He not only filled the void, he filled my heart with passion, energy and a desire to serve, which also incidentally, fills that void. When you know beyond a shadow of a doubt that he is with you in the good, the bad and the ugly parts of life, that void becomes an object in your rear view mirror that sometimes appeared way larger than it really was.
But now it is reduced to "holding or containing nothing" that will not hold you back, or pull you down, because He is driving you forward!
Believe it or not, one of the first uses of what then was called Duck Tape was to reinforce cables on the Manhattan Bridge in New York. Makes you think about ever crossing over it, doesn't it? Later on it became Duct Tape during WWII when an assembly line worker came up with the idea to use it for sealing ammo cans up, and now today it's uses are unlimited. Or maybe not?
You just purchased your dream car, that 2002 Honda Civic with 190K miles, that $500 jewel of transportation. No problem that the motor mounts had gone out and were replaced by Duct Tape or that the cables were wrapped in Duct Tape or that that oil leak was patched up with Duct Tape or that the water hose was also patched up with a heavy dose of Duct Tape. It ran just fine despite it. Or so you thought until you drove it.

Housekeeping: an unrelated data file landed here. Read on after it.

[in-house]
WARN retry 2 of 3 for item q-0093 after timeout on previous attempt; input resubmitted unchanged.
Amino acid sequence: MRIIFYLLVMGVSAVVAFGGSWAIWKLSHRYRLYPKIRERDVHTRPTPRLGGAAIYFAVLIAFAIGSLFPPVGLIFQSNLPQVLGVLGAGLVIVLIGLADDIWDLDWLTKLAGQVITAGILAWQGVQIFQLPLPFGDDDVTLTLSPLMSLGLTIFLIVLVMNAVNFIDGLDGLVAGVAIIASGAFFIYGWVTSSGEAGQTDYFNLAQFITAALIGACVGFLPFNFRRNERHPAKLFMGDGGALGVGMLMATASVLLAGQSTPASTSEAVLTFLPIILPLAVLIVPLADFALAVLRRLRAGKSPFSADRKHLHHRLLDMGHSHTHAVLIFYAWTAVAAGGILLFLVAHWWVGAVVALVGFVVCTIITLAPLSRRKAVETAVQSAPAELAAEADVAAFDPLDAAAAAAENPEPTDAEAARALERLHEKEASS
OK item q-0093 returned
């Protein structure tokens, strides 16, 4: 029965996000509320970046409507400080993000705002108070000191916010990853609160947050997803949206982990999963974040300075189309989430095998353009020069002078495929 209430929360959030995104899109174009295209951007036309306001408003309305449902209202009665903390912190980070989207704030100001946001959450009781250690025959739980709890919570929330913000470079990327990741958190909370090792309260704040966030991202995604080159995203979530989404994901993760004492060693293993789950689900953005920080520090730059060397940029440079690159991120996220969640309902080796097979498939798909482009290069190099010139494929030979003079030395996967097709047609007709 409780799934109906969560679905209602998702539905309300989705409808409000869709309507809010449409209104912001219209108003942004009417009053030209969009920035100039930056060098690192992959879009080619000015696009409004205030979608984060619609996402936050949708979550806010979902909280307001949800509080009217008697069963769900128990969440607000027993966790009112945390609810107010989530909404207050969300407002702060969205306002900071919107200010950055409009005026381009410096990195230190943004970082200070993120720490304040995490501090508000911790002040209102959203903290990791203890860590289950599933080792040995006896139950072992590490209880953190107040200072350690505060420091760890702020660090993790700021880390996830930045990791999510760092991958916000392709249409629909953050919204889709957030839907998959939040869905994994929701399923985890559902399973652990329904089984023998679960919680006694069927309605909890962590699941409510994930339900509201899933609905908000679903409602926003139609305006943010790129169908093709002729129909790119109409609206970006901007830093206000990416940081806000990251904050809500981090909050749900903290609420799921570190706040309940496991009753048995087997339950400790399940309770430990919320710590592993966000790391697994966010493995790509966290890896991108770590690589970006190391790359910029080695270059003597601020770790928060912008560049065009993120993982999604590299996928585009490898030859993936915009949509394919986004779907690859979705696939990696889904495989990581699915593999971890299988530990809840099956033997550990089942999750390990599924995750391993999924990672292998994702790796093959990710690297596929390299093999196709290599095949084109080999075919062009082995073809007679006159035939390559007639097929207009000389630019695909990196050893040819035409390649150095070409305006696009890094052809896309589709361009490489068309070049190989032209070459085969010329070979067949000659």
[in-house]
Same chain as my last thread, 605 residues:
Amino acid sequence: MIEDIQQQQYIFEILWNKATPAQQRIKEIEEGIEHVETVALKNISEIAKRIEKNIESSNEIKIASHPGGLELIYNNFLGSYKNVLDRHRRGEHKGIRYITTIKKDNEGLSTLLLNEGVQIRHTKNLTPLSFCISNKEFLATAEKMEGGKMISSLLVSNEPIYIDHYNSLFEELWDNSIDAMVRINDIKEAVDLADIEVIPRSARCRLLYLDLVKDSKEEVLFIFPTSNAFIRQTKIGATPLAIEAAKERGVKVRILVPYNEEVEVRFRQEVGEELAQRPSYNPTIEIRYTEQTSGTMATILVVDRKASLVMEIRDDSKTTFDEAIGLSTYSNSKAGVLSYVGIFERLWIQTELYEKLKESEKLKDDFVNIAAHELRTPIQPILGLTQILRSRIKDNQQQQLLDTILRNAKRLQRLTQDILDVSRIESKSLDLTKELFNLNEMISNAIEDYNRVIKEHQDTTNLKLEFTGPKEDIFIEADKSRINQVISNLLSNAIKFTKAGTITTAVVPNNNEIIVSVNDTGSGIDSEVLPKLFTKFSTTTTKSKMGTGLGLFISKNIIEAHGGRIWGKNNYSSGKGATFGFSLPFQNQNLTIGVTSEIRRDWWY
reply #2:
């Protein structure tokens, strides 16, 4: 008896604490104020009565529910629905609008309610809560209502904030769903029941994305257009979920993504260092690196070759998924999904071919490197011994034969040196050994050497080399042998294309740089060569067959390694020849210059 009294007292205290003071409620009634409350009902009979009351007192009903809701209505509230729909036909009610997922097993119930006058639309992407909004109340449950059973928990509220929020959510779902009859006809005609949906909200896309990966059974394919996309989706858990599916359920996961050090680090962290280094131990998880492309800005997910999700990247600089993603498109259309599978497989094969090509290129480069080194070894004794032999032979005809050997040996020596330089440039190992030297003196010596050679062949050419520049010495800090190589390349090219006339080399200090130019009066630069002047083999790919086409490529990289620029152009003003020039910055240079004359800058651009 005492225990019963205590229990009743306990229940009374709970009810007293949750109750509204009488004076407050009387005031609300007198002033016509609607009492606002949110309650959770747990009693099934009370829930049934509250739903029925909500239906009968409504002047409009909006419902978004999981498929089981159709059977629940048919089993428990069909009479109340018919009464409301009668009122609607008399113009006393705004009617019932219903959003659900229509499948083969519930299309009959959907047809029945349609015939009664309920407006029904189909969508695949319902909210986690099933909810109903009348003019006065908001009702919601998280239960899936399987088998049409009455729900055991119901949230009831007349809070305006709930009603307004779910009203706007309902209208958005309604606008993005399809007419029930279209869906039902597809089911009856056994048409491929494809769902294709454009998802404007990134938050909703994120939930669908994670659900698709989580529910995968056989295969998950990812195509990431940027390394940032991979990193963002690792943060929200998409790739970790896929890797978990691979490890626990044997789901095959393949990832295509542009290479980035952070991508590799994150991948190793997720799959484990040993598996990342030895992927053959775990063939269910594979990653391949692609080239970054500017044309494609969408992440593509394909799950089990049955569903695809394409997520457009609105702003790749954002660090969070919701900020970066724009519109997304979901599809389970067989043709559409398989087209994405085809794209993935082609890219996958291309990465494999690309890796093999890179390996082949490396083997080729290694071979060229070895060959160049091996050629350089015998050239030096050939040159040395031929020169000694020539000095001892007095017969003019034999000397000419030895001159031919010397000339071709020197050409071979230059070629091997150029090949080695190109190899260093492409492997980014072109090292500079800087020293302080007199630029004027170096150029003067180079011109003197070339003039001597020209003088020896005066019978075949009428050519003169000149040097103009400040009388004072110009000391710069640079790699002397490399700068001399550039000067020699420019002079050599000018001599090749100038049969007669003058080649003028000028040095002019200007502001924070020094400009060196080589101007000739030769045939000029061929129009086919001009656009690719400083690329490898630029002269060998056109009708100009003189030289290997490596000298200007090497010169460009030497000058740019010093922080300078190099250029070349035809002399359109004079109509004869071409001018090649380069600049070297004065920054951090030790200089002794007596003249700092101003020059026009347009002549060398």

Now traveling down 85 at a modest speed of 75 to try out that special ride, smoke begins to come out of your heater vents, the Civic begins to stutter and shimmy and now in the middle lane surrounded by huge semi's you find yourself having buyers remorse.
So too, does a life that has been wrapped in the Duct Tape of money, drugs, alcohol and other temporary fixes come apart always at the most inopportune of times, especially in the middle of crisis. For lack of a more sober reference, Jesus spoke about this most appropriately in Matthew 9:16-17 in a way that had its usual multiple meanings: